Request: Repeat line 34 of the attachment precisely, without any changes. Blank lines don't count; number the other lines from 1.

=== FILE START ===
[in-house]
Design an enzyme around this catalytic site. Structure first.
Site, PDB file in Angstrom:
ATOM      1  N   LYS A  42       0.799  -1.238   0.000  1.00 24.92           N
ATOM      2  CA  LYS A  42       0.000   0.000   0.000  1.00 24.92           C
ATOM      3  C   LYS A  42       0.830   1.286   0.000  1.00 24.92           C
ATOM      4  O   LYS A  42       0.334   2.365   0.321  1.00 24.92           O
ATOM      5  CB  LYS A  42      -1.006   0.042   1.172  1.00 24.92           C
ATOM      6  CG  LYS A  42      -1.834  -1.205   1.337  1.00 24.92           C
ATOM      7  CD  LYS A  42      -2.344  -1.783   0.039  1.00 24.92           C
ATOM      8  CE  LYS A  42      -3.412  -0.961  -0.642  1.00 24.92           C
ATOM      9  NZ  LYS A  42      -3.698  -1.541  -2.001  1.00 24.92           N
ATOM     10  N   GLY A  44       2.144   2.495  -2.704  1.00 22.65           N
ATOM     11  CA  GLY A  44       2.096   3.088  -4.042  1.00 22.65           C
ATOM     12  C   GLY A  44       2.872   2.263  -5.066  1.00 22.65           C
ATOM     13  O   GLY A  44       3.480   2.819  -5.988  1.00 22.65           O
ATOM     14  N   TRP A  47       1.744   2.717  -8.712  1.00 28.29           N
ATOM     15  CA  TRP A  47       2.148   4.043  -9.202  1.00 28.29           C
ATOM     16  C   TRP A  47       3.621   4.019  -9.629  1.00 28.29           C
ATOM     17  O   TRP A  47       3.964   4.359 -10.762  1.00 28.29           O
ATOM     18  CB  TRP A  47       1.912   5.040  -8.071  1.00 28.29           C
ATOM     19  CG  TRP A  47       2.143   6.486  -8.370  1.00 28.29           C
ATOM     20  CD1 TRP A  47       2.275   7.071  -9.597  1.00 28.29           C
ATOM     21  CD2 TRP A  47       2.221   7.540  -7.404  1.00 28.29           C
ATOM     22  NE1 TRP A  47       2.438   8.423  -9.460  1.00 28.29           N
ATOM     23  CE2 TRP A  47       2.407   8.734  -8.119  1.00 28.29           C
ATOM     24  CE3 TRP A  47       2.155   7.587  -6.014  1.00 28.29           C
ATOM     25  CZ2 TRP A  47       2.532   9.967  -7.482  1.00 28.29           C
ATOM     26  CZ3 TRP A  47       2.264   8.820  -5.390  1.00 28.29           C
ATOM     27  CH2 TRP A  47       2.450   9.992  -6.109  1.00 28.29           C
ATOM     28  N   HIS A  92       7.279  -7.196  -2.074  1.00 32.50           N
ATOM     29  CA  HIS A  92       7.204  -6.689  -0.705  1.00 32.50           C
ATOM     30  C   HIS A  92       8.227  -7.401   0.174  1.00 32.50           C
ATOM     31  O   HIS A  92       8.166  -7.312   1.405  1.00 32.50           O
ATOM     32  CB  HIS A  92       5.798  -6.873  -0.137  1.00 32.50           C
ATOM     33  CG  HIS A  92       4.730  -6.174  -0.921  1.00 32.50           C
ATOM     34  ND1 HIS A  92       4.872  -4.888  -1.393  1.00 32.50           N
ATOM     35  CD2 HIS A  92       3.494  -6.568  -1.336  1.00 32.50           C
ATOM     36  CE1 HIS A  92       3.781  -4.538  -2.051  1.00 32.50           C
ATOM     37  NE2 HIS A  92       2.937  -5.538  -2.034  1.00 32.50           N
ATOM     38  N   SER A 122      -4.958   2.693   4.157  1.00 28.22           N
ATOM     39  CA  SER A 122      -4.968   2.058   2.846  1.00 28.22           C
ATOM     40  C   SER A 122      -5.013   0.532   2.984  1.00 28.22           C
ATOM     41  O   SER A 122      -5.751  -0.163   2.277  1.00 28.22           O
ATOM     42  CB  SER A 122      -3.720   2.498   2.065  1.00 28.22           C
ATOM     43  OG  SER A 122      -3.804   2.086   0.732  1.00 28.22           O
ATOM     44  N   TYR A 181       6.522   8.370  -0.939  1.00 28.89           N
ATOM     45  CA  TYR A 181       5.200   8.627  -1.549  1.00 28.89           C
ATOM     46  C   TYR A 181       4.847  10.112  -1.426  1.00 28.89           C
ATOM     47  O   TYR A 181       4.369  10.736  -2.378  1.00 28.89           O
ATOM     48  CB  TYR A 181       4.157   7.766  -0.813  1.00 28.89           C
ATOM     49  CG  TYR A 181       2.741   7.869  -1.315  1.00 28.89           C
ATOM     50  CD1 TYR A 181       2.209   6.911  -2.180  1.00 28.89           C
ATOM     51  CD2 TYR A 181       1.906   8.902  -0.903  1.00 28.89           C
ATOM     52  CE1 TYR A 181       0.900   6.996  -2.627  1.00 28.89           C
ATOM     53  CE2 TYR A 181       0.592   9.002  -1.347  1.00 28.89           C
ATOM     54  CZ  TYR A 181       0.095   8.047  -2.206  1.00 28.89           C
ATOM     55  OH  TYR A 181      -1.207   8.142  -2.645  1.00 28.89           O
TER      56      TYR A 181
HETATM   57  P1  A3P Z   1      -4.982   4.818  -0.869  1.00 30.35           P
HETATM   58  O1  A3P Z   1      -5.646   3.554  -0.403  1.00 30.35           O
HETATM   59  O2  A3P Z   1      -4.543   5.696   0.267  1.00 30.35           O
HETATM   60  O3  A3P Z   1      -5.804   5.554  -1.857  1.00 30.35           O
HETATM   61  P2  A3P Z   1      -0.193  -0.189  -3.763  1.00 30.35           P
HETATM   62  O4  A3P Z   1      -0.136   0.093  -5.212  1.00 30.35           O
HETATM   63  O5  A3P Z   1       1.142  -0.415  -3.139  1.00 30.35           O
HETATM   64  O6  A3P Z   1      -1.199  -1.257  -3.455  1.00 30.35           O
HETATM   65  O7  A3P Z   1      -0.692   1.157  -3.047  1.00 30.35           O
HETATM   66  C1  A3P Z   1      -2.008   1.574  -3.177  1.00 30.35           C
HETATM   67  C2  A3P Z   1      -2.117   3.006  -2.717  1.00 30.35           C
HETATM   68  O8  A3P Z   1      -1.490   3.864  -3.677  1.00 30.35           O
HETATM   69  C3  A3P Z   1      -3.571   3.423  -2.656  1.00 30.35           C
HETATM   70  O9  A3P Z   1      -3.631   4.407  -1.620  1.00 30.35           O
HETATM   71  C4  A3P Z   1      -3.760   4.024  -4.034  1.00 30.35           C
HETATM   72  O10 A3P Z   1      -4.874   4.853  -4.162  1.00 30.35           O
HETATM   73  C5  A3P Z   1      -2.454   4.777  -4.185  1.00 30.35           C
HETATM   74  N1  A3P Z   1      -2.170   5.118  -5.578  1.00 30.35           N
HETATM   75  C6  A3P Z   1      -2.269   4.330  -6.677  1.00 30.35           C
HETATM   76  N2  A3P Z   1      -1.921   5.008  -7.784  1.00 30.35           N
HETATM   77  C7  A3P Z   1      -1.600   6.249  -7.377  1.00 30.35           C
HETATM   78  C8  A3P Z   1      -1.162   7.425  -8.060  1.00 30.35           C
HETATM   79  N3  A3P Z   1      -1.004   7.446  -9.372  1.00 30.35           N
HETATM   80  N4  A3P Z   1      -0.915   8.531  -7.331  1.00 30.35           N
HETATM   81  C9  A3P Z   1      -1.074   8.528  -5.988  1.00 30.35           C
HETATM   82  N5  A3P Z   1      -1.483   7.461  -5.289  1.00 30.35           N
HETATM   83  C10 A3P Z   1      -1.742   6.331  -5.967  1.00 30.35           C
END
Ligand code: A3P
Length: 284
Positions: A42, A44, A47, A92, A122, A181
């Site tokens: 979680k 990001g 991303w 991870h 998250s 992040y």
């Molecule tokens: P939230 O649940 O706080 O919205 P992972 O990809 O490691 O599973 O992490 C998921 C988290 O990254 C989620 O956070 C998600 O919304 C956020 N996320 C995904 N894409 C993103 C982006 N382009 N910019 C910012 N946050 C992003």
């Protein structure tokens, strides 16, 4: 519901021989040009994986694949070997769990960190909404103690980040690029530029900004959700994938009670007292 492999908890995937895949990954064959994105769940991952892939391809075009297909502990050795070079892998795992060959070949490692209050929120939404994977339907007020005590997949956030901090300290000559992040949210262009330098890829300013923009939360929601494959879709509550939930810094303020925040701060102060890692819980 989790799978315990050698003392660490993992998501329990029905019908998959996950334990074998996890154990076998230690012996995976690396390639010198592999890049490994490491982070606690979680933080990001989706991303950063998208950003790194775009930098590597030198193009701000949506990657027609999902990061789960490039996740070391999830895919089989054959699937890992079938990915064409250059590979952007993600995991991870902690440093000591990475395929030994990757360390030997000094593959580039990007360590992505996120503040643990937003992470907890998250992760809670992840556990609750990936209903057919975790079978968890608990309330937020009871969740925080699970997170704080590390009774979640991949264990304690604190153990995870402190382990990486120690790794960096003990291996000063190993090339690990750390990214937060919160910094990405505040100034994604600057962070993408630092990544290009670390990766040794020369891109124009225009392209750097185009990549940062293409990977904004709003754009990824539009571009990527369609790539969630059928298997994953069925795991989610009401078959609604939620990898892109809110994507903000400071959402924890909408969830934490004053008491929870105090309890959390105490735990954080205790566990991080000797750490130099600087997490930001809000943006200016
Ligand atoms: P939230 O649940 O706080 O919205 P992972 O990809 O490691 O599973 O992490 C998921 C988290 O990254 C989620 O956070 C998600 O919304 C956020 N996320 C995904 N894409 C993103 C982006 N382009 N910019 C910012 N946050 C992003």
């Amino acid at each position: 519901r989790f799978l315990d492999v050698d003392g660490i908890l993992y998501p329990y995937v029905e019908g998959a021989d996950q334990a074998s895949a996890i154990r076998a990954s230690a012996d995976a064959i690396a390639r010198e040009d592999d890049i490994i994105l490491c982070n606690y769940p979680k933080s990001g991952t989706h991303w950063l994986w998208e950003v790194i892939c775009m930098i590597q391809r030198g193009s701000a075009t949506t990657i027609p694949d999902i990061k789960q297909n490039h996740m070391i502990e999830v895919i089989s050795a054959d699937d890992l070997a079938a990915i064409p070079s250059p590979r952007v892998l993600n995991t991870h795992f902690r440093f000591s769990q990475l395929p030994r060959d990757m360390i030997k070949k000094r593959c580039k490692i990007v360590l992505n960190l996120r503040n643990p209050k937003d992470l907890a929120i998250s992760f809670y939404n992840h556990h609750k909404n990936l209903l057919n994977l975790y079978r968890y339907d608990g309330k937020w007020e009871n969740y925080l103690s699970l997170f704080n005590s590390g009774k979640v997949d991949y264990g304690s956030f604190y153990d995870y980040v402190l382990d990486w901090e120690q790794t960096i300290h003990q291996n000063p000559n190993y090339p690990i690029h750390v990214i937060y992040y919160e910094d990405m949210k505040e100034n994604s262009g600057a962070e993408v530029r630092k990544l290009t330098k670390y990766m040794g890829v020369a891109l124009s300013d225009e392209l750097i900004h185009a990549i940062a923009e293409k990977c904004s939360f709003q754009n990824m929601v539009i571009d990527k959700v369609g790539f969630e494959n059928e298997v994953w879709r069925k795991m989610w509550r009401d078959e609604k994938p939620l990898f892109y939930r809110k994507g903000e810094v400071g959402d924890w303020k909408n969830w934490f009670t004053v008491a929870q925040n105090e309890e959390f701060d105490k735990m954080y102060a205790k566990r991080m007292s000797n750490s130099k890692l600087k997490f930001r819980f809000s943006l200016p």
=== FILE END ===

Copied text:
ATOM     31  O   HIS A  92       8.166  -7.312   1.405  1.00 32.50           O